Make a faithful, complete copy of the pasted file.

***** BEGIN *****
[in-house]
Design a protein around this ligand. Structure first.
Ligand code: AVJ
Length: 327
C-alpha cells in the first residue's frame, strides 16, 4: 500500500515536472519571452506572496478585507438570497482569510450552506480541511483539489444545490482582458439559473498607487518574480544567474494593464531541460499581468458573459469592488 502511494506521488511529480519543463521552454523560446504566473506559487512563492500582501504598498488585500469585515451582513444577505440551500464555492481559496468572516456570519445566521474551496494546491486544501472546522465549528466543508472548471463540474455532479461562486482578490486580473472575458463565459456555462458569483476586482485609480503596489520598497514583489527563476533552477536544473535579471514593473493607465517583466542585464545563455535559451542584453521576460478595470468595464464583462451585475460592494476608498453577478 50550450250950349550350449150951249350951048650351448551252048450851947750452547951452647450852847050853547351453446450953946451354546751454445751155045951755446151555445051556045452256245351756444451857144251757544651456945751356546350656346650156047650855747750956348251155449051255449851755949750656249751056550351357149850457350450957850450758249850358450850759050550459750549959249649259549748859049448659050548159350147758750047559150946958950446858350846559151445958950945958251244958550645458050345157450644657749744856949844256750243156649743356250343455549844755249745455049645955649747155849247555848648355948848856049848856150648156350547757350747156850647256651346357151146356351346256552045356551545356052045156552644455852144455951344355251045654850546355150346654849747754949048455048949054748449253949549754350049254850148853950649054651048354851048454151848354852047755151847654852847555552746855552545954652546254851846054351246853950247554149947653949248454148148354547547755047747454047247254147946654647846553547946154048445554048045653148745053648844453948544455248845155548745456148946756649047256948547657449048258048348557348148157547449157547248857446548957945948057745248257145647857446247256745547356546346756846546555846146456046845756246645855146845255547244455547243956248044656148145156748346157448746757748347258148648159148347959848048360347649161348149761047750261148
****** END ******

[in-house]
Design a protein around this ligand. Structure first.
Ligand code: AVJ
Length: 327
C-alpha cells in the first residue's frame, strides 16, 4: 500500500515536472519571452506572496478585507438570497482569510450552506480541511483539489444545490482582458439559473498607487518574480544567474494593464531541460499581468458573459469592488 502511494506521488511529480519543463521552454523560446504566473506559487512563492500582501504598498488585500469585515451582513444577505440551500464555492481559496468572516456570519445566521474551496494546491486544501472546522465549528466543508472548471463540474455532479461562486482578490486580473472575458463565459456555462458569483476586482485609480503596489520598497514583489527563476533552477536544473535579471514593473493607465517583466542585464545563455535559451542584453521576460478595470468595464464583462451585475460592494476608498453577478 50550450250950349550350449150951249350951048650351448551252048450851947750452547951452647450852847050853547351453446450953946451354546751454445751155045951755446151555445051556045452256245351756444451857144251757544651456945751356546350656346650156047650855747750956348251155449051255449851755949750656249751056550351357149850457350450957850450758249850358450850759050550459750549959249649259549748859049448659050548159350147758750047559150946958950446858350846559151445958950945958251244958550645458050345157450644657749744856949844256750243156649743356250343455549844755249745455049645955649747155849247555848648355948848856049848856150648156350547757350747156850647256651346357151146356351346256552045356551545356052045156552644455852144455951344355251045654850546355150346654849747754949048455048949054748449253949549754350049254850148853950649054651048354851048454151848354852047755151847654852847555552746855552545954652546254851846054351246853950247554149947653949248454148148354547547755047747454047247254147946654647846553547946154048445554048045653148745053648844453948544455248845155548745456148946756649047256948547657449048258048348557348148157547449157547248857446548957945948057745248257145647857446247256745547356546346756846546555846146456046845756246645855146845255547244455547243956248044656148145156748346157448746757748347258148648159148347959848048360347649161348149761047750261148